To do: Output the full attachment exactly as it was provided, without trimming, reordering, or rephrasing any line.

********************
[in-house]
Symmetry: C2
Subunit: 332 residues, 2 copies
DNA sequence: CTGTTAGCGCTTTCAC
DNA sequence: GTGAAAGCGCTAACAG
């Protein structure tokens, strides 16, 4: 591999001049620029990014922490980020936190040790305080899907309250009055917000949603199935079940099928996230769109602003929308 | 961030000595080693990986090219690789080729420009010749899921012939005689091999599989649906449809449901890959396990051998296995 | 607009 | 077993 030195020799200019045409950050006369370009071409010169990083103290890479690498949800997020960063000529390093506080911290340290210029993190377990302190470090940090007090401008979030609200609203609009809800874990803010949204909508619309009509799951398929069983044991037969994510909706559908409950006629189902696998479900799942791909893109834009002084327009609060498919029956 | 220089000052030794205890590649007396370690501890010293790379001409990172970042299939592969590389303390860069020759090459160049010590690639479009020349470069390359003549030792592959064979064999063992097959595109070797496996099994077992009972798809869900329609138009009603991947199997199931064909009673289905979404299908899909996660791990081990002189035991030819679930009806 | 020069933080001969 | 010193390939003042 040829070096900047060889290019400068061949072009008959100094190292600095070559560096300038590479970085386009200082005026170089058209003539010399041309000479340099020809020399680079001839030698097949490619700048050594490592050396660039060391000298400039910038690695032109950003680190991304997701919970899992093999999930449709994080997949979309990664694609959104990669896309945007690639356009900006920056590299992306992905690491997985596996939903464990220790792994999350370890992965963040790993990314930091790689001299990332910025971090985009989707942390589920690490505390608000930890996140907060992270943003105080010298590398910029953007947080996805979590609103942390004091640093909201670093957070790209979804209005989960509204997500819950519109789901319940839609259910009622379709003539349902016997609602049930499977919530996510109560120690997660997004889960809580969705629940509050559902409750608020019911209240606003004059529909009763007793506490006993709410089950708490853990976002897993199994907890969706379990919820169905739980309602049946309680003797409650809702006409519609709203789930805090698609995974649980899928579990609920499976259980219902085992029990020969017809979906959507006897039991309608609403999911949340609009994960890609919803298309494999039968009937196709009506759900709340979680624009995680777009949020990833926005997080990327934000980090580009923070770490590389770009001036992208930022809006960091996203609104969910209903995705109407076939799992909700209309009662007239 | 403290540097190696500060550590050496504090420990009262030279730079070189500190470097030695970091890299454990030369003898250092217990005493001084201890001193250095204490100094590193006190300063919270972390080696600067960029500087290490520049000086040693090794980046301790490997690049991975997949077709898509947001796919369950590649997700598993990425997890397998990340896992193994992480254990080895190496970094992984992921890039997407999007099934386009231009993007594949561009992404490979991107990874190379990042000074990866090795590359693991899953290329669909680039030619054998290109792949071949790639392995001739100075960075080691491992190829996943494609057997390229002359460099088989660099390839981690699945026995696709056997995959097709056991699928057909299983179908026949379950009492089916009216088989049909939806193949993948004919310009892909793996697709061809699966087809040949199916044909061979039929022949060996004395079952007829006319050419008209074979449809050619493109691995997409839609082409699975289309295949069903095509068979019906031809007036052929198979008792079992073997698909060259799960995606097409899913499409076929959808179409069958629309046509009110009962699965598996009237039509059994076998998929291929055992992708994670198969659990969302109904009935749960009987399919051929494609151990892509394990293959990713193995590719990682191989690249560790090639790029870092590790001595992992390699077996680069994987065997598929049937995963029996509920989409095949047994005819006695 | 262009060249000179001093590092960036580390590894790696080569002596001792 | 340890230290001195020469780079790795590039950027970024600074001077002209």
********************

[in-house]
Symmetry: C2
Subunit: 332 residues, 2 copies
DNA sequence: CTGTTAGCGCTTTCAC
DNA sequence: GTGAAAGCGCTAACAG
């Protein structure tokens, strides 16, 4: 591999001049620029990014922490980020936190040790305080899907309250009055917000949603199935079940099928996230769109602003929308 | 961030000595080693990986090219690789080729420009010749899921012939005689091999599989649906449809449901890959396990051998296995 | 607009 | 077993 030195020799200019045409950050006369370009071409010169990083103290890479690498949800997020960063000529390093506080911290340290210029993190377990302190470090940090007090401008979030609200609203609009809800874990803010949204909508619309009509799951398929069983044991037969994510909706559908409950006629189902696998479900799942791909893109834009002084327009609060498919029956 | 220089000052030794205890590649007396370690501890010293790379001409990172970042299939592969590389303390860069020759090459160049010590690639479009020349470069390359003549030792592959064979064999063992097959595109070797496996099994077992009972798809869900329609138009009603991947199997199931064909009673289905979404299908899909996660791990081990002189035991030819679930009806 | 020069933080001969 | 010193390939003042 040829070096900047060889290019400068061949072009008959100094190292600095070559560096300038590479970085386009200082005026170089058209003539010399041309000479340099020809020399680079001839030698097949490619700048050594490592050396660039060391000298400039910038690695032109950003680190991304997701919970899992093999999930449709994080997949979309990664694609959104990669896309945007690639356009900006920056590299992306992905690491997985596996939903464990220790792994999350370890992965963040790993990314930091790689001299990332910025971090985009989707942390589920690490505390608000930890996140907060992270943003105080010298590398910029953007947080996805979590609103942390004091640093909201670093957070790209979804209005989960509204997500819950519109789901319940839609259910009622379709003539349902016997609602049930499977919530996510109560120690997660997004889960809580969705629940509050559902409750608020019911209240606003004059529909009763007793506490006993709410089950708490853990976002897993199994907890969706379990919820169905739980309602049946309680003797409650809702006409519609709203789930805090698609995974649980899928579990609920499976259980219902085992029990020969017809979906959507006897039991309608609403999911949340609009994960890609919803298309494999039968009937196709009506759900709340979680624009995680777009949020990833926005997080990327934000980090580009923070770490590389770009001036992208930022809006960091996203609104969910209903995705109407076939799992909700209309009662007239 | 403290540097190696500060550590050496504090420990009262030279730079070189500190470097030695970091890299454990030369003898250092217990005493001084201890001193250095204490100094590193006190300063919270972390080696600067960029500087290490520049000086040693090794980046301790490997690049991975997949077709898509947001796919369950590649997700598993990425997890397998990340896992193994992480254990080895190496970094992984992921890039997407999007099934386009231009993007594949561009992404490979991107990874190379990042000074990866090795590359693991899953290329669909680039030619054998290109792949071949790639392995001739100075960075080691491992190829996943494609057997390229002359460099088989660099390839981690699945026995696709056997995959097709056991699928057909299983179908026949379950009492089916009216088989049909939806193949993948004919310009892909793996697709061809699966087809040949199916044909061979039929022949060996004395079952007829006319050419008209074979449809050619493109691995997409839609082409699975289309295949069903095509068979019906031809007036052929198979008792079992073997698909060259799960995606097409899913499409076929959808179409069958629309046509009110009962699965598996009237039509059994076998998929291929055992992708994670198969659990969302109904009935749960009987399919051929494609151990892509394990293959990713193995590719990682191989690249560790090639790029870092590790001595992992390699077996680069994987065997598929049937995963029996509920989409095949047994005819006695 | 262009060249000179001093590092960036580390590894790696080569002596001792 | 340890230290001195020469780079790795590039950027970024600074001077002209």